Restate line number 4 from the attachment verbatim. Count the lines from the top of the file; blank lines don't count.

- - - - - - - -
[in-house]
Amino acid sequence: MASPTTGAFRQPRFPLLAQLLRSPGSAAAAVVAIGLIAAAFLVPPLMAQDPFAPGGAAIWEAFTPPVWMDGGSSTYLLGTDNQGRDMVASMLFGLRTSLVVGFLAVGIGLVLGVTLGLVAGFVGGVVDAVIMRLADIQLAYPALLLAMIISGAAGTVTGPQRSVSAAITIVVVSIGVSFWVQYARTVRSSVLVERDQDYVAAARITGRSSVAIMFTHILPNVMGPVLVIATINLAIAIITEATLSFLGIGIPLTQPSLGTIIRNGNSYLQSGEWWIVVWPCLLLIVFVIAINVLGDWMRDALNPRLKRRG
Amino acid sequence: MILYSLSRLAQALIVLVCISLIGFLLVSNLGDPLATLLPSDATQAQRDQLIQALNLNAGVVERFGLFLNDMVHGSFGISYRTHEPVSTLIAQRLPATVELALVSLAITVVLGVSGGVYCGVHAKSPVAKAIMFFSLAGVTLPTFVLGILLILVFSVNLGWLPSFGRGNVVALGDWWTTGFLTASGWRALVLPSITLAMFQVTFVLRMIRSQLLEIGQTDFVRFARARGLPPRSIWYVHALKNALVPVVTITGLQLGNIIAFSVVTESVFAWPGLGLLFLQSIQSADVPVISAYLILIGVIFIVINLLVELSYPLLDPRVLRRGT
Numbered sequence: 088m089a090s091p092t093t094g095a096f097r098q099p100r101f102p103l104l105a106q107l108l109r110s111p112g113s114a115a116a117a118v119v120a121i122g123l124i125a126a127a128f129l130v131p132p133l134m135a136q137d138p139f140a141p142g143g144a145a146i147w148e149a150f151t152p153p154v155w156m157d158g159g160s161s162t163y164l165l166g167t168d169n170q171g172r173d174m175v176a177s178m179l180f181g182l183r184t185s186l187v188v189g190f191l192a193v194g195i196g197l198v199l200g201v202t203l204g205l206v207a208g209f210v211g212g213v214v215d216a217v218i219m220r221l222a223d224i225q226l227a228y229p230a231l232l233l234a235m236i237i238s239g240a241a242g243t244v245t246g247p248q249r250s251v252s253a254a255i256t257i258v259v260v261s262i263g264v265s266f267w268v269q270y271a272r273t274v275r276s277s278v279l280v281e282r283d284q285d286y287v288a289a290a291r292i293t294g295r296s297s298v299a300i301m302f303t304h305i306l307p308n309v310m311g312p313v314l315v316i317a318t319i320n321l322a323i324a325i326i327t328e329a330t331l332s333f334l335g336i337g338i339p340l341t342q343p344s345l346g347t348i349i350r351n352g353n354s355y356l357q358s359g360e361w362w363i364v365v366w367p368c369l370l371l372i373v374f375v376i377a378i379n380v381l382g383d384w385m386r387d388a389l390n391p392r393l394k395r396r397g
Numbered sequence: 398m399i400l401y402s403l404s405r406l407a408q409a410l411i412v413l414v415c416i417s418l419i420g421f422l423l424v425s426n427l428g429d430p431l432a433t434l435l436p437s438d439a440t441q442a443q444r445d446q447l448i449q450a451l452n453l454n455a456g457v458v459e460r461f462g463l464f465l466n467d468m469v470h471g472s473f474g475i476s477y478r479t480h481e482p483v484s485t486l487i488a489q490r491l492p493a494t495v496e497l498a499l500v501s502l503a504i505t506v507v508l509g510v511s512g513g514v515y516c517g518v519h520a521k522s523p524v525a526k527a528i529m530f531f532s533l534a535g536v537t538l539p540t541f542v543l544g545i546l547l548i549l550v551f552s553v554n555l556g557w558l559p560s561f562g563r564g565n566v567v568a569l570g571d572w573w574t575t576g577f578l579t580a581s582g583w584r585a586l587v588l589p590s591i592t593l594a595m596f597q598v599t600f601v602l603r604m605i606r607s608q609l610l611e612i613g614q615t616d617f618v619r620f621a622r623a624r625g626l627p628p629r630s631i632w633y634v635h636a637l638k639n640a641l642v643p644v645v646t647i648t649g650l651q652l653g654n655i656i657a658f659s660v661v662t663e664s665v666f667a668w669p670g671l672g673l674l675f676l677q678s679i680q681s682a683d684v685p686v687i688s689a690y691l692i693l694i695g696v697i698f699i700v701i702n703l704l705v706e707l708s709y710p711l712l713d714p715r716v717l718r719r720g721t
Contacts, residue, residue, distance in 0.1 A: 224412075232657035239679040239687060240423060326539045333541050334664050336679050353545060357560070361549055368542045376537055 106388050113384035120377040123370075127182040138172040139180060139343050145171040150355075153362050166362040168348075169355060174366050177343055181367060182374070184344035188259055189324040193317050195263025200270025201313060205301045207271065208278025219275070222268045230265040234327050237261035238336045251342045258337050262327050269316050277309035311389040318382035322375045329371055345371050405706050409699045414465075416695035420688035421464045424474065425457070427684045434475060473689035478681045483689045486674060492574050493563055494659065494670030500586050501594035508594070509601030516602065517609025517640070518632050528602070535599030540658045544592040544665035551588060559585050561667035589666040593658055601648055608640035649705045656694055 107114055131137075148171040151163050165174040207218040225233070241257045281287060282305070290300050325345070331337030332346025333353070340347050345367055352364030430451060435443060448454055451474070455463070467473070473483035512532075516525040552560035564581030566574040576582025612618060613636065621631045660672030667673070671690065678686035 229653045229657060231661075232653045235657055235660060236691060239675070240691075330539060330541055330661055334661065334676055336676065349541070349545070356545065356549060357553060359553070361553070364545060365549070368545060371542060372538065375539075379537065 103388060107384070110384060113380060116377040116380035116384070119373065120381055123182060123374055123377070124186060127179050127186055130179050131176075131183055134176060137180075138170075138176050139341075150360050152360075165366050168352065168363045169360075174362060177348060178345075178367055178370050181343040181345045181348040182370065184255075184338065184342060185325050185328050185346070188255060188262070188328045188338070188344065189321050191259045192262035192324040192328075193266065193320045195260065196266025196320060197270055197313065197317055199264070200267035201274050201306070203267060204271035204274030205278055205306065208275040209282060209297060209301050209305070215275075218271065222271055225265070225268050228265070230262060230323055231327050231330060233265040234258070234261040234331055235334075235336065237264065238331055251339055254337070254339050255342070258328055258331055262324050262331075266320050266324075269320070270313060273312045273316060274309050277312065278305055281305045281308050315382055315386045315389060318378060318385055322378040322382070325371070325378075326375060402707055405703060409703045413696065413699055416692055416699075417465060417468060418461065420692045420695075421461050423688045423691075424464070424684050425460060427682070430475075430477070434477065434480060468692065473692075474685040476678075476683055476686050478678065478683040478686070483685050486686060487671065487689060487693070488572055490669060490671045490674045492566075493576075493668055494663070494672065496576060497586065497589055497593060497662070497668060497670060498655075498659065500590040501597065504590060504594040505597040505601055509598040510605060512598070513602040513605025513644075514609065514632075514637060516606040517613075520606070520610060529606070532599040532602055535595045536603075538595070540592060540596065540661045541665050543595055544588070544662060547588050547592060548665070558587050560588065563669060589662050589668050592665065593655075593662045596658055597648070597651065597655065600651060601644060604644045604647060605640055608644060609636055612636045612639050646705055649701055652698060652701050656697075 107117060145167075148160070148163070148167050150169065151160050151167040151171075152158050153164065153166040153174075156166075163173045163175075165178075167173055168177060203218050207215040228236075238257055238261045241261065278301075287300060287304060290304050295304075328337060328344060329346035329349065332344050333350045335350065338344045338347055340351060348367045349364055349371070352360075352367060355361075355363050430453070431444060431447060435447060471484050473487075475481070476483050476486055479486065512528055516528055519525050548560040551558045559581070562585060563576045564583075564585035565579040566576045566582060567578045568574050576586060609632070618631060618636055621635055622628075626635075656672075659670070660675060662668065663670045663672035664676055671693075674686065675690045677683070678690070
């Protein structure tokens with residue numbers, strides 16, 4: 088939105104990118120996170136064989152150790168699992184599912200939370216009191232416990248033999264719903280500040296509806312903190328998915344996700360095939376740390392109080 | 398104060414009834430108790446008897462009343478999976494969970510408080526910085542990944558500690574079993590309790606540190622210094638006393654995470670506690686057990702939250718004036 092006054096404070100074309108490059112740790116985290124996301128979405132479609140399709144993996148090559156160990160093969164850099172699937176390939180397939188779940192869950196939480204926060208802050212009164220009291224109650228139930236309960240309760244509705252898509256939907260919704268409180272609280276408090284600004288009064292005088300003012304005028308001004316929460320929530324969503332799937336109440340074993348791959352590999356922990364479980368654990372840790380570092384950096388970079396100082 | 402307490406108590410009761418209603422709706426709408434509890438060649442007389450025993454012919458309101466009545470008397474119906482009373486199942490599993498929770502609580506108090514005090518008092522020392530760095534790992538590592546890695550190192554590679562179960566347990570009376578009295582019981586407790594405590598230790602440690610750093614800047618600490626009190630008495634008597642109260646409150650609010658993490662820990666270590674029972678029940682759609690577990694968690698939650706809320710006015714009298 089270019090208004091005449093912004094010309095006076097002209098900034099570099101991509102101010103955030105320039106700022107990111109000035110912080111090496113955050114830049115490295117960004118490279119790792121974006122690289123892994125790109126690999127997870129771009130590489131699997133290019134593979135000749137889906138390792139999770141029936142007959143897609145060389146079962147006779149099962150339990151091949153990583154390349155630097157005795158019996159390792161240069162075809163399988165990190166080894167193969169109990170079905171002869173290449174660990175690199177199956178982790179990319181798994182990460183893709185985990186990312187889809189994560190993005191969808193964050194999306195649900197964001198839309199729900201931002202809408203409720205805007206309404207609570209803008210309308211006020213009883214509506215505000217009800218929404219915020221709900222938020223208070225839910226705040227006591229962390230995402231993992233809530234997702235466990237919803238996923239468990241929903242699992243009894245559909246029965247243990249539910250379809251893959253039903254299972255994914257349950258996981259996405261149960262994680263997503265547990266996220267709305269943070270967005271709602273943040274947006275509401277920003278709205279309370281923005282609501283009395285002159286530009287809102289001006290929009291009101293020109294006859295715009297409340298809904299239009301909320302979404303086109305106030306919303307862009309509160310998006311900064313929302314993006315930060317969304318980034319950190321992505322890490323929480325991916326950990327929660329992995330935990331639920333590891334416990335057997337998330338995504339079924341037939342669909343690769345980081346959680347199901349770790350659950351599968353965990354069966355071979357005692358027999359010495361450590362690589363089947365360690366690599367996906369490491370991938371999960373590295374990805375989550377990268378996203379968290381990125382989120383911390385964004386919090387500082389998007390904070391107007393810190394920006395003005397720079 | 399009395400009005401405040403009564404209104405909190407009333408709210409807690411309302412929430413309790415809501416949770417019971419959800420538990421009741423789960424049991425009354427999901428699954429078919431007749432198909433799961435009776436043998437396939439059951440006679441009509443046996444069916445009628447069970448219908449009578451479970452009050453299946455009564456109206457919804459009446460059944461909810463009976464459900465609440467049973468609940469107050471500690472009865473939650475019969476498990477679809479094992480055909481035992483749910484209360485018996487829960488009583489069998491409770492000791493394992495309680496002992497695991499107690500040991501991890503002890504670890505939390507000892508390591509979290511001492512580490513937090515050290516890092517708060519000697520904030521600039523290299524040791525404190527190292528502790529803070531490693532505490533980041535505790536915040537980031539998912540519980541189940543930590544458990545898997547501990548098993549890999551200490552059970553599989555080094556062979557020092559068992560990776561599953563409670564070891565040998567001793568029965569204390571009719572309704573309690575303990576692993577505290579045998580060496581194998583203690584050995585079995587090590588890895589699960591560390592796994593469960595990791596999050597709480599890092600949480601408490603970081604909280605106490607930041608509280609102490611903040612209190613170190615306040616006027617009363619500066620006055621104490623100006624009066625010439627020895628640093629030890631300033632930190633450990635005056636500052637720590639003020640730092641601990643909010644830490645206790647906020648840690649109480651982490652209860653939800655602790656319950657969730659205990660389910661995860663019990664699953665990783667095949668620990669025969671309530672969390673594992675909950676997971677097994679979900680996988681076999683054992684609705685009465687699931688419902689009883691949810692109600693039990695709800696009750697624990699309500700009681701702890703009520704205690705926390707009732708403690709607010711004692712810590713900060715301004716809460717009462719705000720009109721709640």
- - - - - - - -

Numbered sequence: 088m089a090s091p092t093t094g095a096f097r098q099p100r101f102p103l104l105a106q107l108l109r110s111p112g113s114a115a116a117a118v119v120a121i122g123l124i125a126a127a128f129l130v131p132p133l134m135a136q137d138p139f140a141p142g143g144a145a146i147w148e149a150f151t152p153p154v155w156m157d158g159g160s161s162t163y164l165l166g167t168d169n170q171g172r173d174m175v176a177s178m179l180f181g182l183r184t185s186l187v188v189g190f191l192a193v194g195i196g197l198v199l200g201v202t203l204g205l206v207a208g209f210v211g212g213v214v215d216a217v218i219m220r221l222a223d224i225q226l227a228y229p230a231l232l233l234a235m236i237i238s239g240a241a242g243t244v245t246g247p248q249r250s251v252s253a254a255i256t257i258v259v260v261s262i263g264v265s266f267w268v269q270y271a272r273t274v275r276s277s278v279l280v281e282r283d284q285d286y287v288a289a290a291r292i293t294g295r296s297s298v299a300i301m302f303t304h305i306l307p308n309v310m311g312p313v314l315v316i317a318t319i320n321l322a323i324a325i326i327t328e329a330t331l332s333f334l335g336i337g338i339p340l341t342q343p344s345l346g347t348i349i350r351n352g353n354s355y356l357q358s359g360e361w362w363i364v365v366w367p368c369l370l371l372i373v374f375v376i377a378i379n380v381l382g383d384w385m386r387d388a389l390n391p392r393l394k395r396r397g